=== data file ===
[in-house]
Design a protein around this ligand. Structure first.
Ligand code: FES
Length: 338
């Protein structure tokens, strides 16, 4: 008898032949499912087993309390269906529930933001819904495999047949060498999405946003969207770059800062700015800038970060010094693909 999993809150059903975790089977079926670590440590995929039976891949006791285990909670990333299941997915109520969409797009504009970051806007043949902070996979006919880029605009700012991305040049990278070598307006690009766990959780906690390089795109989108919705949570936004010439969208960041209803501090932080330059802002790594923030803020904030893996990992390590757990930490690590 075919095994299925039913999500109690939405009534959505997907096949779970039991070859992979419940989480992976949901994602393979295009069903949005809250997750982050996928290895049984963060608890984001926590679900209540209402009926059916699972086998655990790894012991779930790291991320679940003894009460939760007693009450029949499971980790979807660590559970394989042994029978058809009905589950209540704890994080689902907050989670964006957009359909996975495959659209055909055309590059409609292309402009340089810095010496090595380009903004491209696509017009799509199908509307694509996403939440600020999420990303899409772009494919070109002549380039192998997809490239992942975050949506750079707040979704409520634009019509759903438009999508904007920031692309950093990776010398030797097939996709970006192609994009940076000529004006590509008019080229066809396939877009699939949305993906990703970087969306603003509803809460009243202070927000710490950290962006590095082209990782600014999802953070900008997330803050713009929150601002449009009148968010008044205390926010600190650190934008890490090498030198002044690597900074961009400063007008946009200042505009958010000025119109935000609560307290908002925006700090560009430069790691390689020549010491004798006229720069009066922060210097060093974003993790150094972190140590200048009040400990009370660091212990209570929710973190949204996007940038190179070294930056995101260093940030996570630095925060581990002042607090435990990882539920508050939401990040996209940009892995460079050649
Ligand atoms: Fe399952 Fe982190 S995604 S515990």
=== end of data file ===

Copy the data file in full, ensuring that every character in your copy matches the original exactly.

[in-house]
Design a protein around this ligand. Structure first.
Ligand code: FES
Length: 338
């Protein structure tokens, strides 16, 4: 008898032949499912087993309390269906529930933001819904495999047949060498999405946003969207770059800062700015800038970060010094693909 999993809150059903975790089977079926670590440590995929039976891949006791285990909670990333299941997915109520969409797009504009970051806007043949902070996979006919880029605009700012991305040049990278070598307006690009766990959780906690390089795109989108919705949570936004010439969208960041209803501090932080330059802002790594923030803020904030893996990992390590757990930490690590 075919095994299925039913999500109690939405009534959505997907096949779970039991070859992979419940989480992976949901994602393979295009069903949005809250997750982050996928290895049984963060608890984001926590679900209540209402009926059916699972086998655990790894012991779930790291991320679940003894009460939760007693009450029949499971980790979807660590559970394989042994029978058809009905589950209540704890994080689902907050989670964006957009359909996975495959659209055909055309590059409609292309402009340089810095010496090595380009903004491209696509017009799509199908509307694509996403939440600020999420990303899409772009494919070109002549380039192998997809490239992942975050949506750079707040979704409520634009019509759903438009999508904007920031692309950093990776010398030797097939996709970006192609994009940076000529004006590509008019080229066809396939877009699939949305993906990703970087969306603003509803809460009243202070927000710490950290962006590095082209990782600014999802953070900008997330803050713009929150601002449009009148968010008044205390926010600190650190934008890490090498030198002044690597900074961009400063007008946009200042505009958010000025119109935000609560307290908002925006700090560009430069790691390689020549010491004798006229720069009066922060210097060093974003993790150094972190140590200048009040400990009370660091212990209570929710973190949204996007940038190179070294930056995101260093940030996570630095925060581990002042607090435990990882539920508050939401990040996209940009892995460079050649
Ligand atoms: Fe399952 Fe982190 S995604 S515990």